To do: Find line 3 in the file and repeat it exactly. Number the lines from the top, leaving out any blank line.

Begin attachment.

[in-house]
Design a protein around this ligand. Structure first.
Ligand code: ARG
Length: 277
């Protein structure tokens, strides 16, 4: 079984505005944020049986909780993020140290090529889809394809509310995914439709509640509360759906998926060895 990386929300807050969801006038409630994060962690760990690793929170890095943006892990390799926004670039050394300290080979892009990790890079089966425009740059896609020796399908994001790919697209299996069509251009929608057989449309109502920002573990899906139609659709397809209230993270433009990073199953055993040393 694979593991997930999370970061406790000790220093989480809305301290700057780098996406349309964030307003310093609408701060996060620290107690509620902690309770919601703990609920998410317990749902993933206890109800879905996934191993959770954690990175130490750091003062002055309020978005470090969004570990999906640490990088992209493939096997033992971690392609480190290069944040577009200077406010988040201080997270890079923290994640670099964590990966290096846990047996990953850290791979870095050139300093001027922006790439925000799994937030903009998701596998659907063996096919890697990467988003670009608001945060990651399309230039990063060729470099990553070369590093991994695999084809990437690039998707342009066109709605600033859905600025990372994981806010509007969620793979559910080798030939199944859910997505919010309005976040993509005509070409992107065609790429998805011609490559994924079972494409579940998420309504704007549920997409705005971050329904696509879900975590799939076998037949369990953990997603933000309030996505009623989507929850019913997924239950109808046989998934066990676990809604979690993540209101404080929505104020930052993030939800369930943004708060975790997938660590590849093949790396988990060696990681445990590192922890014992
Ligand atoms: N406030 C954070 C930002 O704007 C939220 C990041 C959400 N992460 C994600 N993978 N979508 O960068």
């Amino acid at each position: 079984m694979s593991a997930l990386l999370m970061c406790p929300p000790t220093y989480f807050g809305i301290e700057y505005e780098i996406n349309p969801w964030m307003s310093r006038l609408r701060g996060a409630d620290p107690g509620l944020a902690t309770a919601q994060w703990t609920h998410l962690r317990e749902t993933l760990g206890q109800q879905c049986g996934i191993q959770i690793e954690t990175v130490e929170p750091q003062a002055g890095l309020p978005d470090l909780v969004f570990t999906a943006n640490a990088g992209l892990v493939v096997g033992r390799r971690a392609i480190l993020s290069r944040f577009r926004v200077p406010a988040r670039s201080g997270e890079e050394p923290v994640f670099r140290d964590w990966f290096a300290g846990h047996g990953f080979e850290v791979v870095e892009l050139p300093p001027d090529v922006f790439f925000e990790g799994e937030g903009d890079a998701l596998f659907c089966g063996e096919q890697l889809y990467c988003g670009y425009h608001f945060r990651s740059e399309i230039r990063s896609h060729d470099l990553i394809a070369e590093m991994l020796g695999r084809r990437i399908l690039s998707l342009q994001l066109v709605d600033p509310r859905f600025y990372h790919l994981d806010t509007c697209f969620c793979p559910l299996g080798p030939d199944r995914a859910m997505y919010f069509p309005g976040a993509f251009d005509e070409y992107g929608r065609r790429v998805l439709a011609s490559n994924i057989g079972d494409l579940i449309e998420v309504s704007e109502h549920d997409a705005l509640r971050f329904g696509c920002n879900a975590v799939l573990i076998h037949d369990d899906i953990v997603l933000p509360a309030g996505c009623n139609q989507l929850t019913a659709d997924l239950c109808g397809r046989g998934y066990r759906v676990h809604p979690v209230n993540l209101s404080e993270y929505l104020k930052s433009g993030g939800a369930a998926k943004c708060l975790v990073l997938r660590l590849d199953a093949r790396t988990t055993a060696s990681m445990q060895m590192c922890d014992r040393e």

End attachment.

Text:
Ligand code: ARG